Over the past decade Boston Dynamics has combined forces in a myriad of applications of robotics and human simulation. For entertainment purposes Sony Corporation solicited the expertise of Boston Dynamics. In the area of security and military preparedness, the United States Marine Corp., Army and Navy have collaborated with Boston Dynamics.

Recognizing the need for all terrain robots in the field and in inhospitable environments, Boston Dynamics endeavors include a variety of robots. The RHex is an all terrain robot that can be controlled up to 600 meters by an operator. The RHex´s agility is exceptional. The six-legged robots can travel through mud, rocks, water, over railroad tracks and stone quarries and keeps its balance.

Other research and development include human simulations for maintaining security in hostile environments. Some applications might include using robots to maintain the perimeter around buildings and streets where land mines and other incendiary devices are difficult to detect with the human eye.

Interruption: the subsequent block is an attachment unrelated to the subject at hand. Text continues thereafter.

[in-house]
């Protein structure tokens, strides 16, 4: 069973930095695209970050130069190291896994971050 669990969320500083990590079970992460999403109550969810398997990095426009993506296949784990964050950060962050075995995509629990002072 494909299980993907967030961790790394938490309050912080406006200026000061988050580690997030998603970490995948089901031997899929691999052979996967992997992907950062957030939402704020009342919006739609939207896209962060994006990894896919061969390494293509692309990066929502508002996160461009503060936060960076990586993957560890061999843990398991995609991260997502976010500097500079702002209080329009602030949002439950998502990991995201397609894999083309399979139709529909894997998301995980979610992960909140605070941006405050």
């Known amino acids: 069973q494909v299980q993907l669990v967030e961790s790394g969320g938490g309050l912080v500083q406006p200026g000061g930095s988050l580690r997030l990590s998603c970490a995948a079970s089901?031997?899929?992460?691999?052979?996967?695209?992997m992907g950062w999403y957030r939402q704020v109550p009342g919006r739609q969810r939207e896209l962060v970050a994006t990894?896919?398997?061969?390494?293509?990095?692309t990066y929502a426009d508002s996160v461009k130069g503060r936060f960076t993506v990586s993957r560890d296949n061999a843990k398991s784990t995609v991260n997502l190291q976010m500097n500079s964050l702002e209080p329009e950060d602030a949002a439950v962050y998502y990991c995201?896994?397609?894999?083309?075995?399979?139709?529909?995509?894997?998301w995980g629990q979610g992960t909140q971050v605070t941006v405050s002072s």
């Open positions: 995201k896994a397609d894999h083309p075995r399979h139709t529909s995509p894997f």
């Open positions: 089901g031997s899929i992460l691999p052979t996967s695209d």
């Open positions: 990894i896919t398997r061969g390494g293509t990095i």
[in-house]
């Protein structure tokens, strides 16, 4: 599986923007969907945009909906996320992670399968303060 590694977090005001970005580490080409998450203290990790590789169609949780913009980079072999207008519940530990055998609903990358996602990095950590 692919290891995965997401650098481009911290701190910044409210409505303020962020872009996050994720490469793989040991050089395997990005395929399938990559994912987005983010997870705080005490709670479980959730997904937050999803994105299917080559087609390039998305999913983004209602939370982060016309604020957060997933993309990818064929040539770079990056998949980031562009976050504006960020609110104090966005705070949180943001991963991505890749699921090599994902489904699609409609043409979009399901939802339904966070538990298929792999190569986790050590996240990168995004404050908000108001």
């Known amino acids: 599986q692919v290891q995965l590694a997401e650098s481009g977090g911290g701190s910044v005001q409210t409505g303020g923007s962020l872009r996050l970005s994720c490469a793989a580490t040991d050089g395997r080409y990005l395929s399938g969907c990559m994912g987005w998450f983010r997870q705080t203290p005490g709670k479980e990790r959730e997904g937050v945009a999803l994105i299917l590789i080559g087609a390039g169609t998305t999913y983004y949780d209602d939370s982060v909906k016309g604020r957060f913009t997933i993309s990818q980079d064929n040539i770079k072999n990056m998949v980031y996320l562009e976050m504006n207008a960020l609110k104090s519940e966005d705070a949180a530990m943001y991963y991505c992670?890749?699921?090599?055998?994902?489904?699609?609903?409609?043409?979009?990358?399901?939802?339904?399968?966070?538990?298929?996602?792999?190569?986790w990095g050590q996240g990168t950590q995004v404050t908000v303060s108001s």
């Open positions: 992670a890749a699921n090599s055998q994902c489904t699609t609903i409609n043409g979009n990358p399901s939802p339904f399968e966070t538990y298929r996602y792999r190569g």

The application of Boston Dynamics work is infinite and may provide alternative solutions to the physical limits of mankind.

Copyright 2008 Mary Anne Simpson &
All rights reserved. Web Sites and Bloggers may provide the introductory paragraph and a link to the story, but may not copy, redistribute, rewrite or publish the story in whole or in part without written permission of the author or publisher.

Explore further: Now Boston Dynamics' BigDog can lift and toss (w/ video)

Related Stories

Now Boston Dynamics' BigDog can lift and toss (w/ video)

March 3, 2013

( —Boston Dynamics' DARPA-funded robotic dog has been upgraded with added functions for military support in hauling gear on rough terrain, Its new appendage is called various things—a "kind of head," a "face-arm," ...